Christmas Quiz

The Bad Eggs of Art

Where do we start
with the bad eggs of art?
The Italians once had
several quite bad.
Gesualdo comes first
as one of the worst –
a child, lover and wife
deprived of their life.
Next the painting bad sport
who murdered on court
and the gay silversmith
who crossed, slew forthwith.
Though unreliable still
art hoods then go downhill:
there’s a painter gone mad
who did for his dad;
a poet not so deft
involved in art theft;
last, pathetic to see,
Tracey drunk on TV.

1, 2, 3, 4, There are four unnamed ‘bad eggs’ in the verse above. Who are they?

5, A famous jazz composer died as a result of the celebrations for his hundredth birthday. Who was he?

6, 7, 8, There are at least three centenarians connected with the American musical. Can you name a composer/lyricist, a lyricist and a producer/director who lived to be over 100?

9, Goya’s first portrait of the Duke of Wellington had been started as a portrait of someone else. Who was the original sitter?

10, 11, 12, In a critical essay, Craig Raine collected phrases of three authors who compared a woman’s bottom to a valentine-style heart.Who are these three authors?

13, A composition described in 1934 as ‘still the most sensational essay in modern music from the point of view of pure strangeness of sound’ and which might well be so described today, was one hundred years old this year. Can you name the piece?

14, Robert Hughes, the Australian writer who was at one time the art critic of Time Magazine, was surprised when an up-and-coming composer arrived to fit his dishwasher. Who was the part-time plumber?

15, Which French painter won the country’s lottery?

16,17, Two French composers met their deaths as a result of unusual accidents. Who died from a stab wound self-inflicted while conducting and who was crushed by a bookcase?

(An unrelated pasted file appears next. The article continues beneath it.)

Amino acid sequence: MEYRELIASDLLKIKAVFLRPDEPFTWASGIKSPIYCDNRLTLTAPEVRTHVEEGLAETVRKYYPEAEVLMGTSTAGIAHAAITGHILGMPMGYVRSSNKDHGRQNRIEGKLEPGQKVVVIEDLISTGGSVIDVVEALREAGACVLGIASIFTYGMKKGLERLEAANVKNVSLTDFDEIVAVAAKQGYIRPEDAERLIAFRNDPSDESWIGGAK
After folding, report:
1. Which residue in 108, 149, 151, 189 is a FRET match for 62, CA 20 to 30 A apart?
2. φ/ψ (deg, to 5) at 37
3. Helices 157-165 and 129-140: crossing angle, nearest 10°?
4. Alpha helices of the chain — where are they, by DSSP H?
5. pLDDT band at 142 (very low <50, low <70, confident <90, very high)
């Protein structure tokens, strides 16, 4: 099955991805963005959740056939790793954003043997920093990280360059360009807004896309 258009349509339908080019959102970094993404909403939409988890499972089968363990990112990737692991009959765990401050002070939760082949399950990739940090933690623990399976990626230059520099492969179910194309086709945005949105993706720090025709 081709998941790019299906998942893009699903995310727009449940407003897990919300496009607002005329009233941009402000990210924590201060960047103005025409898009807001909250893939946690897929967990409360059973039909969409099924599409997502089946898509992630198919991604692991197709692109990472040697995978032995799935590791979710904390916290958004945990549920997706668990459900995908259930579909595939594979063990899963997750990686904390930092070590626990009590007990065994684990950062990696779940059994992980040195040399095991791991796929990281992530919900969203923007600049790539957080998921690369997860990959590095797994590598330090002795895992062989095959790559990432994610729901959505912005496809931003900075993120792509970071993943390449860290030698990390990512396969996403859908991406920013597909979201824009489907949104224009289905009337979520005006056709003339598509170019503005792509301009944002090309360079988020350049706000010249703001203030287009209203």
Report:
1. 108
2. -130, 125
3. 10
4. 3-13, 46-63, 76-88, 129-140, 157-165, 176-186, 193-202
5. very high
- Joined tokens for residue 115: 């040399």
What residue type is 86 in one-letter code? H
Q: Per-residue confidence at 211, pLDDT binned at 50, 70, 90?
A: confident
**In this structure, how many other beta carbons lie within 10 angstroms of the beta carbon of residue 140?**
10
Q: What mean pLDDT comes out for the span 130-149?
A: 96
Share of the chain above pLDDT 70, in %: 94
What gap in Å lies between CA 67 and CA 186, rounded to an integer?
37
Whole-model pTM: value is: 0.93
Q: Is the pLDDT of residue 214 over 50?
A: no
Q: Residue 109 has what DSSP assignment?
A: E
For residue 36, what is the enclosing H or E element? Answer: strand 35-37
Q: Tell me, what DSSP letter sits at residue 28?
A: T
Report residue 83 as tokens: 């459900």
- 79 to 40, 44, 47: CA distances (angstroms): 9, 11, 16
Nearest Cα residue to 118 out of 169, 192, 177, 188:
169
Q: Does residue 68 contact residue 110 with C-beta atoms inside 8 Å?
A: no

18, The works of which painter were collected by both Rembrandt and Rubens?

19, A European classical composer died when a German U-boat torpedoed the ship in which he was returning from America. Who was this unfortunate musician?

20. Which painter changed a painting to suit a dictator, had other painters imprisoned and signed death sentences?

I am offering a small print, Thinking, Reading, Writing (11 x 13 cm, pictured above) for the first correct, or the most correct entry. Follow the link to my website where you will find my email address and send answers numbered 1-20 by 1st February. I will post the answers shortly after that date.

Getting Sibelius Wrong

Sibelius, Nielsen, Berwald, Grieg
form the Norse composers’ league.
One for Finland, Denmark and Sweden,
Norway as if planned by some great but fair intrigue,
Sibelius, Nielsen, Berwald, Grieg.

I know people with some interest in classical music to whom the prospect of listening to those most accessible of twentieth-century composers, Shostakovitch and Poulenc, presents something of an ordeal. At a concert in a little eleventh-century church in France that I attended during the summer, both natives and expats were apprehensive beforehand because Benjamin Britten’s Simple Symphony was to be performed. Afterwards, the same people admitted that the experience wasn’t too bad, but I didn’t get the feeling that any of the group thought that the composer’s work merited further investigation. It’s a bit depressing for anyone connected with the arts. I discovered early on that it was worth putting in time to get to know new works. Yet I must confess to an appalling prejudice of my own, which I harboured for many years. It concerns the Finnish composer, Jean Sibelius.

In his wonderful book, The Rest is Noise: Listening to the Twentieth Century, Alex Ross devotes a whole chapter to Sibelius. He describes how the Finn became a victim of the style war in which Continental composers postulated an obligatory trajectory along atonal lines. They may even have led him to destroy his eighth symphony and stop composing altogether. One ideologue actually published a pamphlet entitled Sibelius: The Worst Composer in the World.

As a schoolboy in the Orkney Islands, I don’t think that I was part of that zeitgeist. But I do remember my prejudice being kindled by the remarks of two teachers. Why twentieth-century composers ever came up in history lessons in Stromness Academy, I can’t imagine but when they did, a teacher who played the organ in one of the churches muttered that Sibelius was the ‘only one’. By this time I was listening to the harmonically advanced jazz of Charlie Parker, and we had records at home of Stravinsky’s Petruska and The Soldier’s Tale. I put the history master down as a hopeless reactionary.